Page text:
But he was restless. The store had found its niche and no longerfelt like a challenge, and he was getting burned out on the otherprojects. That's when a friend told Willmott he was trying toacquire the site of the old Stax Records studio, where countlesssoul classics by the likes of Otis Redding, Booker T. and the MG's,and Albert King had been recorded. Stax went bankrupt in the 1970s,and the studio was later demolished to create a parking lot, to theprofound embarrassment of Memphis music fans. Now Willmott's friendwanted to create a soul-music museum on the site - and he wantedWillmott to be the founding curator.
"It was one of those easy, life-changing questions," he recalls."It took me about three seconds to say yes."
Willmott sold his stake in the store to a partner (the storeremains an essential stop for music fans visiting Memphis) andspent the next several years acquiring the memorabilia that wouldform the museum's permanent collection, a process that ofteninvolved cajoling suspicious R&B artists into parting withtheir precious instruments, stage costumes, and other artifacts.For the most part, he was successful, but one prize had eluded him:Isaac Hayes's gold-plated, TV-equipped Cadillac, known colloquiallyas the Shaftmobile.
"We finally heard from a Memphis police sergeant who'd bought thecar at auction 20 years earlier and was willing to sell it to usfor $20,000," he says. "So I made the arrangements, picked up thecar from him, and started driving it back to our storage unit. Thatwas great - everyone was honking and waving at me. But it startedoverheating and smoking, and that was pretty much my worstnightmare: A white boy in south Memphis having to get towed in theShaftmobile."
Fortunately, the car just made it. Today, it's a centerpieceattraction at the Stax Museum of American Soul Music, which openedin 2003. The museum is a wonderful, state-of-the-art facility, asfun as it is educational, and it's the culmination of Willmott'slove affair with his hometown's music scene.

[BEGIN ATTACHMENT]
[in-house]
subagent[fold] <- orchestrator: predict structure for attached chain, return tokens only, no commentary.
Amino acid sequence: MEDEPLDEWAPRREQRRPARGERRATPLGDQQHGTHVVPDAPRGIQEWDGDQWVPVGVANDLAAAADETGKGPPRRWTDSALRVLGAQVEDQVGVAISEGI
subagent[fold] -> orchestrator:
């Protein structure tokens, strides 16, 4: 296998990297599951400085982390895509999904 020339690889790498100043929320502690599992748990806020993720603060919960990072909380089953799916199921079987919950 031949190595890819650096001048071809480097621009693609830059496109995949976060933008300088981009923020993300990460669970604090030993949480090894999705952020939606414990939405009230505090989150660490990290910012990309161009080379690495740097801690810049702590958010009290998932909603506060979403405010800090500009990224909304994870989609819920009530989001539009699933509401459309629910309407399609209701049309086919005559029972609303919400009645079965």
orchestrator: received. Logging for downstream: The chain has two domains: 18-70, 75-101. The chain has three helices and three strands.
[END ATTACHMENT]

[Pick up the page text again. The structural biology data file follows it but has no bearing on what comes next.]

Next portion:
"No matter what else happens to me," he says, "I can always say Igot to give something back to Memphis."
WILLMOTT LEFT the Stax project once the museum opened, took alittle time off, and then set his sights on a new project.
"As I researched the museum, I learned all sorts of new thingsabout Memphis music, things most other people didn't know about,"he explains. "Plus, we had all these other new attractions in town- the Cotton Museum at the Memphis Cotton Exchange, the GibsonBeale Street Showcase. I realized there was a story to be told thatcould tie all these things together."
That's how the tour operation started. You want Elvis? Willmott cangive you an Elvis-centric tour. You want Stax? He can show youwhere all the artists lived and tell you endless stories aboutthem. "But most people want the broad spectrum," he says.
And that's what they get - and not just in terms of music history."I know where the good food is, which bands are playing, where toavoid traffic tie-ups, all of it," says Willmott. "Basically, I'mgoing to show you the kinds of things I'd want you to show me if Iwere visiting your city."
But of course, none of us would be able to show him where Aretha Franklin was born.